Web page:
- Surface preparation home
- What's a concrete surface profile and why is it important?
- Steps in Concrete Surface Preparation
- Job planning: Involve the architect, engineer, and owner
- Know the job specifications
- Examine the surface
- Clean the concrete
- Roughen or "profile" the surface
- Repair surface defects
- Getting concrete ready for resurfacing
- Specification Requirements
- What surface condition specifications should cover
- Standards you should know about: ACI 503R, ASTM 4263, ASTM 4260
- When job specifications and manufacturer specifications differ
- Surface Preparation FAQs
- What about installing a nonbreathable coating?
- What happens if surface preparation contractor and coating installer are different companies?
- What about acid etching for surface preparation?
- How do I prepare surfaces for sealer application?
- Related Information:
- Cleaning concrete: How-to tips for cleaning concrete floors and slabs
- Buyer's guide to concrete surface preparation equipment
- Troubleshooting concrete cleaning problems: Advice from decorative concrete expert Chris Sullivan
- Tek Gel for profiling: Environmentally safe gel takes guesswork and hazards out of surface preparation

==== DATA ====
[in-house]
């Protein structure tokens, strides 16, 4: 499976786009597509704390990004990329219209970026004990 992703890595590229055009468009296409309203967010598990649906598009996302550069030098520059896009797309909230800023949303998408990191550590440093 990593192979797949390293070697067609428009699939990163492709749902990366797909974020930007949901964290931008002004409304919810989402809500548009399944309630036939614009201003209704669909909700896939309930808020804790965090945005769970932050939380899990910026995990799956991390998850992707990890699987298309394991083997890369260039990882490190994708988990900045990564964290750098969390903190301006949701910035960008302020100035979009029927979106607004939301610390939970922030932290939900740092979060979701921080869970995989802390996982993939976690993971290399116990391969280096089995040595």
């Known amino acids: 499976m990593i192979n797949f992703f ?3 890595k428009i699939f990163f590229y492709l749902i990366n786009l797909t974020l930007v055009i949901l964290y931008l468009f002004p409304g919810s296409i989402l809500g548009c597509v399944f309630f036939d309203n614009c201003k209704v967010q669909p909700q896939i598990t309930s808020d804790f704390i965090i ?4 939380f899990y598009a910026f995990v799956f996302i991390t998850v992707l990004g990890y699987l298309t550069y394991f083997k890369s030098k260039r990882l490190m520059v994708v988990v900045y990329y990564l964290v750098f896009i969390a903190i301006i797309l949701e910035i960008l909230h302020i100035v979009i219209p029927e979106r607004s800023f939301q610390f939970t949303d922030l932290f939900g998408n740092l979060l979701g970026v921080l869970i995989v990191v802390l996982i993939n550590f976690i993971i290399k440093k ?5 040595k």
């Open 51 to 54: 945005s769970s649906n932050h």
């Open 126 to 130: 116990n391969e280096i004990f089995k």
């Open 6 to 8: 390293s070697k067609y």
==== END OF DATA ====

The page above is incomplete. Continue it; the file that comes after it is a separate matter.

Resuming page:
- Soda Blasting: A new way to remove sealers and coatings from decorative concrete
- Soybean Mastic Remover
- Subfloor Leveling Project
What's a Concrete Surface Profile, or CSP?
For proper bonding of concrete overlays and coatings, it's important to give surface the correct concrete surface profile, or CSP. To help contractors make this assessment, the International Concrete Repair Institute has developed benchmark guidelines for CSP—a measure of the average distance from the peaks of the surface to the valleys. They range from CSP 1 (nearly flat) to CSP 9 (very rough). As a general rule, the thicker the overlay or topping, the more aggressive the profile needs to be. A skim coat, for example, may require a light CSP of 2 to 4. For thicker self-leveling or polymer overlays, acceptable profiles generally range from CSP 4 to 6. Achieving surface profiles in the higher ranges often requires roughening by shotblasting or scarifying.
For a copy of ICRI's technical guide, "Selecting and Specifying Concrete Surface Preparation for Sealers, Coatings, and Polymer Overlays," call 847-827-0830 or visit www.icri.org.
Blastrac also offers a handy overview guide for choosing the correct surface preparation method to achieve a specific concrete surface profile.